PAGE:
Eliminating or scaling back tax expenditures that promote production and consumption of fossil fuels would reduce the budget deficit, promote economic efficiency, and be a step towards more environmentally friendly tax law.
Tax expenditures are provisions in the U.S. federal tax code that provide special tax benefi ts for selected economic activities or taxpayers. A number of tax expenditures add to greenhouse gas emissions by encouraging production and consumption of fossil fuels.
This policy brief examines four tax expenditures listed by the Joint Committee on Taxation—each with an annual revenue loss of over $1 billion—that increase consumption of fossil fuels. The first three—expensing of exploration and development costs, percentage depletion, and the alternative fuel production credit—encourage domestic production of fossil fuels. The fourth—exemption of qualified parking expenses—encourages commuting by automobile.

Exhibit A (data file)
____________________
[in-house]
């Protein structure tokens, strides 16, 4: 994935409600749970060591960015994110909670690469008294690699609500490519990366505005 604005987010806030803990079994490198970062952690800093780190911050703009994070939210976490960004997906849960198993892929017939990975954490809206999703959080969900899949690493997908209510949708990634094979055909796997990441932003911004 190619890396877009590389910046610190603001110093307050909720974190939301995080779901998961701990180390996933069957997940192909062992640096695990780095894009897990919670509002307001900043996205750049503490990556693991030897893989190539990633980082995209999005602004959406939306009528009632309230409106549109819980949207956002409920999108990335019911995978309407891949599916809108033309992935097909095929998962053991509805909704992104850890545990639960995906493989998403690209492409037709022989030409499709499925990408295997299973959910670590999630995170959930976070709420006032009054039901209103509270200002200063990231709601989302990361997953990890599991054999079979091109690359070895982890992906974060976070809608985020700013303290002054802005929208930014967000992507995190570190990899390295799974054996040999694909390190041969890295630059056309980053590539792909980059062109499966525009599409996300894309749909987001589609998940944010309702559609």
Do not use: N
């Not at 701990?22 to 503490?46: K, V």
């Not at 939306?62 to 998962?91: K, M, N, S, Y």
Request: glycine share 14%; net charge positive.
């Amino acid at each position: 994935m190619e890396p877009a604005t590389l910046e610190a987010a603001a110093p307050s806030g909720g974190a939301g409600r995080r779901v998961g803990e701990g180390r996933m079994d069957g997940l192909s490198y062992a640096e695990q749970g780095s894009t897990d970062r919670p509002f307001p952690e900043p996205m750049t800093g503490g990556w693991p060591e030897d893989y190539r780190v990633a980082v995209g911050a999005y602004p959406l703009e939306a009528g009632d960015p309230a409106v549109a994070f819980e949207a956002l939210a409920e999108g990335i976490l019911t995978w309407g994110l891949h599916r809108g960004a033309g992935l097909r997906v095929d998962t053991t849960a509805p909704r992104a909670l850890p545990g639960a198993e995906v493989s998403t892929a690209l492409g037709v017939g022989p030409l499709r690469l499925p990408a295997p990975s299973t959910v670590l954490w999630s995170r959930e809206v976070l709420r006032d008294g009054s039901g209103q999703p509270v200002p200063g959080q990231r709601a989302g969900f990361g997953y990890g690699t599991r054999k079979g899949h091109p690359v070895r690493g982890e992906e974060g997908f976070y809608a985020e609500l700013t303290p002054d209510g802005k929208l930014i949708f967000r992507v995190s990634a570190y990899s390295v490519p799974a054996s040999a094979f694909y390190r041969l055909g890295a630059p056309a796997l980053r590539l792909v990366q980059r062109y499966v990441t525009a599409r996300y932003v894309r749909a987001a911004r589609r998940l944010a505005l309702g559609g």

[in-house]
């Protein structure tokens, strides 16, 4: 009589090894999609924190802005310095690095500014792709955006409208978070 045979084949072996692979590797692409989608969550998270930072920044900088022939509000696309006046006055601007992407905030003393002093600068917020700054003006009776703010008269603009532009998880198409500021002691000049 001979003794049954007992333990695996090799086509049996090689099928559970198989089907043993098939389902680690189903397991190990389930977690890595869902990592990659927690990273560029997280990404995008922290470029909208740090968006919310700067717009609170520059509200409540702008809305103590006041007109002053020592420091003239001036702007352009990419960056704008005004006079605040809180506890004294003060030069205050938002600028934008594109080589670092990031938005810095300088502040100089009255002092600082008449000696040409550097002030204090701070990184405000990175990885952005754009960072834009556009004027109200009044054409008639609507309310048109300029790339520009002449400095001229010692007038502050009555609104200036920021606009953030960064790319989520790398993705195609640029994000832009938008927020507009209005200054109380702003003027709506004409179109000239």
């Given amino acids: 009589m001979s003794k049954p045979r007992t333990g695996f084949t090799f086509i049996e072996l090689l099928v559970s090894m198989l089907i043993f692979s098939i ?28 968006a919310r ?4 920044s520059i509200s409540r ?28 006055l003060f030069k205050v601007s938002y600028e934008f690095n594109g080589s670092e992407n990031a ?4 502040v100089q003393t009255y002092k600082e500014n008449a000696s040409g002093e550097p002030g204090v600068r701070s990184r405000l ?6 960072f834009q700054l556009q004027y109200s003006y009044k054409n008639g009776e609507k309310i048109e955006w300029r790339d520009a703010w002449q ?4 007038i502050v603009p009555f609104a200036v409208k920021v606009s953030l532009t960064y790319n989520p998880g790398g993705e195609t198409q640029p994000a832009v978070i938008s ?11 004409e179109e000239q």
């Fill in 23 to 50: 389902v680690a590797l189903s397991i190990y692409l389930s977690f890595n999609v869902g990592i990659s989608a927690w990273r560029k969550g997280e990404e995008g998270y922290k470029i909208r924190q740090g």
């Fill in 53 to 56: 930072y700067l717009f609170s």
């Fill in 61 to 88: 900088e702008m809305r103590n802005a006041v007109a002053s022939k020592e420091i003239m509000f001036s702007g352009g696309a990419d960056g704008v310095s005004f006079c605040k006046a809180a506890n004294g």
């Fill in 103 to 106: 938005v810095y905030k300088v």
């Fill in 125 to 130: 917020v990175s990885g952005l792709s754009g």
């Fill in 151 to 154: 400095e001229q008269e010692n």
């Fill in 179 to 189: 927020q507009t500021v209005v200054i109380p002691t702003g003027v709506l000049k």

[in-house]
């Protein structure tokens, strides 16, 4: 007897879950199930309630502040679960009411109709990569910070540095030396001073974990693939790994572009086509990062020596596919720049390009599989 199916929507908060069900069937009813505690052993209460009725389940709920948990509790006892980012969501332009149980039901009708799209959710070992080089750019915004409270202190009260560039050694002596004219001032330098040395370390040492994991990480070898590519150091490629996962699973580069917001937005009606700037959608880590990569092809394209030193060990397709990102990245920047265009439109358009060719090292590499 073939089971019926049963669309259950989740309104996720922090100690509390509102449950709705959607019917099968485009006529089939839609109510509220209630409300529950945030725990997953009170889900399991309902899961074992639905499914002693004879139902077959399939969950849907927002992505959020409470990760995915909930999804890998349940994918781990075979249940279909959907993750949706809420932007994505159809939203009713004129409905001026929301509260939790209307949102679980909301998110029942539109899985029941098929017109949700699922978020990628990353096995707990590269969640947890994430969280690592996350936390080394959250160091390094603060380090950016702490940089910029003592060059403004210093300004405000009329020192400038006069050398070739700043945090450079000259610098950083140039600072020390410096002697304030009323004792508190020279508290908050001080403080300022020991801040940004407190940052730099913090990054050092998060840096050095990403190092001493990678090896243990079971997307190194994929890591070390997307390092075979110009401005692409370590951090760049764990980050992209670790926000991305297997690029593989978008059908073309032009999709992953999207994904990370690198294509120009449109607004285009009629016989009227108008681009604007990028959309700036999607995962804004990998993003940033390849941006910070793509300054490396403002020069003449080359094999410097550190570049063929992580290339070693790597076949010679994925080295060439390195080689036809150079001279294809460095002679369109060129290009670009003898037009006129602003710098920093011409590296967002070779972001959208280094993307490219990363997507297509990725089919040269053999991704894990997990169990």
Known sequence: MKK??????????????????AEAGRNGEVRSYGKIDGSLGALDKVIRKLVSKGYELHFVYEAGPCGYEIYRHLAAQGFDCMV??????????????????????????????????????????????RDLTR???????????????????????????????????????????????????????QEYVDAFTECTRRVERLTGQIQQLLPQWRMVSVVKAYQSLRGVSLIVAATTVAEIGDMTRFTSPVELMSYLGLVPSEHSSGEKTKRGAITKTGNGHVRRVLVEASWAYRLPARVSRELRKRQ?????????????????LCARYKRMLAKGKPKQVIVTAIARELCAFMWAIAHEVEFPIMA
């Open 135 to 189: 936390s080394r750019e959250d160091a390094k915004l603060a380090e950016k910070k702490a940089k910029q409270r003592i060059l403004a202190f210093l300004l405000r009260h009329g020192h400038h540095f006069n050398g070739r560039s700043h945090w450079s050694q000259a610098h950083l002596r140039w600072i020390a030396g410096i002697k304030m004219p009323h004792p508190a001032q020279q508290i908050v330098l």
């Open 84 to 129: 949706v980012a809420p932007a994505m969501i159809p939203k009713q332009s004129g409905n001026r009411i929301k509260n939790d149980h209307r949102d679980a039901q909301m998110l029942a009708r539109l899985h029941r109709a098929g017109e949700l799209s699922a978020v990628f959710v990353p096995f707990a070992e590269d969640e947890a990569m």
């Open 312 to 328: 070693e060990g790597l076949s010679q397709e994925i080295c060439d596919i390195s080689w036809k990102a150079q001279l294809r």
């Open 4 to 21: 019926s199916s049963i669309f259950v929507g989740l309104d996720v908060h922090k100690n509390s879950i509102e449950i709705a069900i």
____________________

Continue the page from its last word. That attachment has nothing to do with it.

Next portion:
Eliminating or scaling back these and other tax expenditures that promote production and consumption of fossil fuels would reduce the budget deficit, promote economic efficiency, and be a first step toward making the tax law more environmentally friendly. However, the effects of the proposed tax reforms on greenhouse gas emissions would be small—so addressing tax expenditures, while desirable for a number of reasons, can be only one part of a broader strategy to reduce climate change.